As a UX/UI design intern at TD's Innovation Lab, I was tasked with rapidly prototyping experiences that could impact millions of users.
Within my first week, I quickly realized that there was no complete source or conceptual documentation for styles, UI elements, or design patterns. In such an agile environment, this led to severe inefficiencies in our design workflows.
So, I embarked on a self-driven project to create the foundation for TD Lab's design system.
|Product management||1 UX/UI designer (me)||Figma, Sketch, Atlassian||Sep. to Dec. 2020 (part-time)|
|UI design||4 designers|
|Dev collaboration||2 developers|
My first order of business was to understand how the lab currently designed. After a few conversations, it was evident that while the lab did have an minimal Sketch pattern library, its unfinished nature resulted in a lot of time being spent on creating user interface elements from scratch.
My next task was to inventory the common UI elements used in the lab's previous projects. I collected Sketch project files, analyzed the current pattern library, read over the minimal Atlassian documentation we had, and took screenshots of previous projects.
Once I felt I had captured every button, icon, and design pattern I grouped them into categories. Viewing them side-by-side revealed exactly why we needed a system. Without any documentation, many of our prototypes lacked in accessibility, with elements being used incorrectly and colours not satisfying contrast ratios.
We have observed that the TD Lab design library is not meeting user needs, which is causing inefficient design workflows and poor accessibility in prototypes.
How might we build a design library that promotes inclusion and innovation by improving accessibility documentation and reducing time spent on creating and updating interface elements?
To ensure that the design library was future-proof, I started this project with some heavy research into design library and UI design best practices.
I studied Apple's Human Interface Guidelines and Google's Material Design Guidelines, analyzed design systems from Atlassian, Uber, Github, and Figma, and read through countless Medium articles.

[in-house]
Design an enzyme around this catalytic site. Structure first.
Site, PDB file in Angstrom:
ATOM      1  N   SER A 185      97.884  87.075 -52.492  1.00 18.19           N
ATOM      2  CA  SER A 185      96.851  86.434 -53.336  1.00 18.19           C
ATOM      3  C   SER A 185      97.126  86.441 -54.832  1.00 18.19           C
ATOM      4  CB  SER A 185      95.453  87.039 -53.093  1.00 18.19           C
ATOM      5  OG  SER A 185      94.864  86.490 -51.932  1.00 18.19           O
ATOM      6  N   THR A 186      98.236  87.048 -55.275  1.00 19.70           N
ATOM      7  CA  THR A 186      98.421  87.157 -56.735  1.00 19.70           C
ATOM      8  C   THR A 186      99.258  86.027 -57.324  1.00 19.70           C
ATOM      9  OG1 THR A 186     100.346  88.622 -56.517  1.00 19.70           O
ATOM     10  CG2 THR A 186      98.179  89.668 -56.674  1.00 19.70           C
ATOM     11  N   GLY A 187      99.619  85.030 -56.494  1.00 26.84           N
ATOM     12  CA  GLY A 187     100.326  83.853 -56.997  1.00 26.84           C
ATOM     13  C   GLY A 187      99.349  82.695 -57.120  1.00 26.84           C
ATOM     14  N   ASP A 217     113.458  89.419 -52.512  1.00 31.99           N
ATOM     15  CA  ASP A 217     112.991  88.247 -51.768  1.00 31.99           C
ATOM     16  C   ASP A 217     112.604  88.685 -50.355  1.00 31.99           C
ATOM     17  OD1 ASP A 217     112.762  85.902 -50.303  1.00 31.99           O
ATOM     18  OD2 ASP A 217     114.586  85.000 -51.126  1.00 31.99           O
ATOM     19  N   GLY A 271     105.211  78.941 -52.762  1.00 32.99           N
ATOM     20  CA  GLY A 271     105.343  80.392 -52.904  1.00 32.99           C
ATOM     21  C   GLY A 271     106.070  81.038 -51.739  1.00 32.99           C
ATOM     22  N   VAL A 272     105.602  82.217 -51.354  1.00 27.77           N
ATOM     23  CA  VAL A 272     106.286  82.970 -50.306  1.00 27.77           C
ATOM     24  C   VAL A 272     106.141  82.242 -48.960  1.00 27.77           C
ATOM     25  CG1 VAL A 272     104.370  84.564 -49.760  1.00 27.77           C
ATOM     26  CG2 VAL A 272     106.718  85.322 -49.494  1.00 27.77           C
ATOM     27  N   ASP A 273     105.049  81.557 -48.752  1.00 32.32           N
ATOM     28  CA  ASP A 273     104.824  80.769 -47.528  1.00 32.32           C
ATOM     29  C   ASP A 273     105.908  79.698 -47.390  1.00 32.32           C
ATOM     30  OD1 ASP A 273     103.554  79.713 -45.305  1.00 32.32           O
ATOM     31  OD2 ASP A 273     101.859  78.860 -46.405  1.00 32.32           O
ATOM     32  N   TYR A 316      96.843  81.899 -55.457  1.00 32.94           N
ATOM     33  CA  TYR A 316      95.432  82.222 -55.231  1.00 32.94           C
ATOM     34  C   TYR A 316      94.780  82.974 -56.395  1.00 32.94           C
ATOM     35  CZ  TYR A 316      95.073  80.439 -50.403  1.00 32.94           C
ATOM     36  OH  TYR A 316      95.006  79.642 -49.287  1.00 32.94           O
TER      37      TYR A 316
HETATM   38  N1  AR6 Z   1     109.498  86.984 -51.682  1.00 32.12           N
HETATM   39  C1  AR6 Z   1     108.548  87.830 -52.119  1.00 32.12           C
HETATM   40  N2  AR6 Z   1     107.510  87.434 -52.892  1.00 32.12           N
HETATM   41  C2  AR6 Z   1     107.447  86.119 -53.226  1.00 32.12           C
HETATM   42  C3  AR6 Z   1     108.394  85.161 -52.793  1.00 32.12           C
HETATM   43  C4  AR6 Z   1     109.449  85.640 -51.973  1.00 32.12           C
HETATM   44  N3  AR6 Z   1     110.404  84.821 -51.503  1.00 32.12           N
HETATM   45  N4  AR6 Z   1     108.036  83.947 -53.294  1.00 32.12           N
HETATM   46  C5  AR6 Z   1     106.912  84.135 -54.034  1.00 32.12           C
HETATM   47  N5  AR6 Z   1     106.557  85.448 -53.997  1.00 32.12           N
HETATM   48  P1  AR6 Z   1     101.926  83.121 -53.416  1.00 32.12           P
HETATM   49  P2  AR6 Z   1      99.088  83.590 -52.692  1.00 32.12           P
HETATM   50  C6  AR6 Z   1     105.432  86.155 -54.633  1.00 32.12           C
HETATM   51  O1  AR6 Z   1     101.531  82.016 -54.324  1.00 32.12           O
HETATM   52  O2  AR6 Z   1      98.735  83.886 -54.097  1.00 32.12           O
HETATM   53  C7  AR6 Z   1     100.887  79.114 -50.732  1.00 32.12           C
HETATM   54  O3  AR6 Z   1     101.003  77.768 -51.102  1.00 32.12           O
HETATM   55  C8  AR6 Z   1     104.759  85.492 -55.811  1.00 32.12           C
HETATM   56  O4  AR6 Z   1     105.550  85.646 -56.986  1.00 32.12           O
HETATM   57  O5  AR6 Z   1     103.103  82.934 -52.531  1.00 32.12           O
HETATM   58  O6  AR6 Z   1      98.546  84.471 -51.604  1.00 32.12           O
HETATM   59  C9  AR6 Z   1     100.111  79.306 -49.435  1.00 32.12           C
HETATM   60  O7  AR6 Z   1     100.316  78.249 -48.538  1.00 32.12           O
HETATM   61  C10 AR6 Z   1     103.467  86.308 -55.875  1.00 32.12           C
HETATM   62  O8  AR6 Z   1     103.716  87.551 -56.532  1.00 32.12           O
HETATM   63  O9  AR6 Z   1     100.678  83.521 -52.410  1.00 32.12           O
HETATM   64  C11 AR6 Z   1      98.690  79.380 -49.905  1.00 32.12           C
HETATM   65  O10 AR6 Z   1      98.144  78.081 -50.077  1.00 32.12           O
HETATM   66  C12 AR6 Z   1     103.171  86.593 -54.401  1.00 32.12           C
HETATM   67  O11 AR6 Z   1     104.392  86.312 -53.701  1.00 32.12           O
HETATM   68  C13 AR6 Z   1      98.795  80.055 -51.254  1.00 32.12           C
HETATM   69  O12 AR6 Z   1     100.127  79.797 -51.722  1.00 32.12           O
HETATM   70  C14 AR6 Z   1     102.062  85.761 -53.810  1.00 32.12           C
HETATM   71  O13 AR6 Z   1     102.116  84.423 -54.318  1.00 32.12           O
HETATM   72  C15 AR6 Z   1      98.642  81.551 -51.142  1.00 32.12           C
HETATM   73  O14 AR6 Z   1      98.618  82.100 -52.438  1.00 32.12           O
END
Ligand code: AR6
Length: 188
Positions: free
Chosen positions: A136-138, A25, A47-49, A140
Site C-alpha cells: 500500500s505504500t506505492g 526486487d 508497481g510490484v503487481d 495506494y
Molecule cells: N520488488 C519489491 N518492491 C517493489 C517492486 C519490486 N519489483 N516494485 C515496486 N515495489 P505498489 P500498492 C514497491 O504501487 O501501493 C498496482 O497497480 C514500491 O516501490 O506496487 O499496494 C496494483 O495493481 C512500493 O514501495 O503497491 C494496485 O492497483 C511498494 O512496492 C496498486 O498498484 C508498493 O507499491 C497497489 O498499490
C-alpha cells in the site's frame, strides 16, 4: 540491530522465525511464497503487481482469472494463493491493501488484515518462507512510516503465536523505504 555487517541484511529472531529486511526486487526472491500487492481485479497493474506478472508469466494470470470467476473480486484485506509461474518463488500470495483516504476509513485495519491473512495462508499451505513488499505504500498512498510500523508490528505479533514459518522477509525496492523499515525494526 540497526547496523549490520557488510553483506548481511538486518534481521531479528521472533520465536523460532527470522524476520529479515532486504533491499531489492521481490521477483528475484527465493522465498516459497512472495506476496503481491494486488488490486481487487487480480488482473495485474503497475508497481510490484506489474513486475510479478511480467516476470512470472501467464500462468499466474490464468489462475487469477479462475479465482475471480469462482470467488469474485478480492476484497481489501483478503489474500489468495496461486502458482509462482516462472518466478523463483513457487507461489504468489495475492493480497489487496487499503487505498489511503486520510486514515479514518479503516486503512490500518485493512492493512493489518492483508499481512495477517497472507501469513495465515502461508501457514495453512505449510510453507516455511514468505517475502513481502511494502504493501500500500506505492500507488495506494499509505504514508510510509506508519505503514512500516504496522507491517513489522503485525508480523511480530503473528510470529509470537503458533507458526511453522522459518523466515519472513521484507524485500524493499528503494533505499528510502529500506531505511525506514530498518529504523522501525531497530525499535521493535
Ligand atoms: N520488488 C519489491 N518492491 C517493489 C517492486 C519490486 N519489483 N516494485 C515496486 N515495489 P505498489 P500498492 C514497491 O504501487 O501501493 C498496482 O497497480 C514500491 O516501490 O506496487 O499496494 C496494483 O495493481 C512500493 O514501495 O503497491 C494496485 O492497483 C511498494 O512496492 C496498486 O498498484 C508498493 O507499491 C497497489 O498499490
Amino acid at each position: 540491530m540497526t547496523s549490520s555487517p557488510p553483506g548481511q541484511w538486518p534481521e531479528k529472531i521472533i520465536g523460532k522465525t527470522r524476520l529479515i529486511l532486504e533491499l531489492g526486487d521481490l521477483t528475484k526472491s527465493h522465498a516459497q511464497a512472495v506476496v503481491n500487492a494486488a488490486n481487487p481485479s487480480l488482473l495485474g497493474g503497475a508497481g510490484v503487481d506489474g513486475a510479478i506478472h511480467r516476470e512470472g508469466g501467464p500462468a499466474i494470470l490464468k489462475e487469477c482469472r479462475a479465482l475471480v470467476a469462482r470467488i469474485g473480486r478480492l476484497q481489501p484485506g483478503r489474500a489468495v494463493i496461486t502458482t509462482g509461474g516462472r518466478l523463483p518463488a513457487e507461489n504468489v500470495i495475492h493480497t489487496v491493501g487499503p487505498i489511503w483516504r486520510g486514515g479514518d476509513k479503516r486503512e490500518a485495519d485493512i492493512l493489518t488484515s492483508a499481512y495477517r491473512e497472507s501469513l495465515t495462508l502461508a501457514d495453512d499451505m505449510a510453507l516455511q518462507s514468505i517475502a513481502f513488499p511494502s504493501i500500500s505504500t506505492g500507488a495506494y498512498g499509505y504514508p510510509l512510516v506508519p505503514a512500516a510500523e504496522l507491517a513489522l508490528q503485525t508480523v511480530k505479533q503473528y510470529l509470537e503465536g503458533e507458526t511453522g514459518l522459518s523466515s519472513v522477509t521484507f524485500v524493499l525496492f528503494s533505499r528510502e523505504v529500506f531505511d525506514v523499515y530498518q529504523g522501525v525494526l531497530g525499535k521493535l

Inspired by Dropbox's design system, I decided to structure the design library in a two-tiered hierarchy:
By creating separate UI Kits that inherit from Global Styles, we get the best of both worlds - the consistency of having shared styles with the flexibility of being able to toggle on specific UI kits based on the project scope.
Let's take a look at what each of those files contained:
Building my first design system has been nothing short of an amazing opportunity to develop my ability to design beautiful and functional user interfaces. Here were some of my takeaways:
Prioritizing quality over efficiency when creating the building blocks of this design system was one of the best decisions I could have made. Yes, it took me time to implement the whole library of Material Design icons and structure an intricate master component hierarchy to optimize for Figma's new variants update, but being able to easily choose from over 1000+ instantly-scaled, automatically-coloured icons and 200+ flexible, responsive components saved our team even more time.
When creating a design system, it can be easy to lose usability in the name of "optimizing the library." Using my own components within my own design workflows helped me identify and fix unintuitive or difficult features.
Coming into this internship, I wasn't sure where my opinion stood on user interface design. But building this design system from the ground up really helped me appreciate the art of it!
Whether it be creating vertical rhythm with consistent grids and line heights, nudging tracking amounts based on font size to optimize for iOS displays, balancing key and ambient lighting in drop shadow styles, adding 2px offsets to darkened focus borders to maintain appropriate contrast ratios, or simply just ctrl + clicking, shift + entering, and tabbing my way to Figma mastery, I discovered my love for user interface design!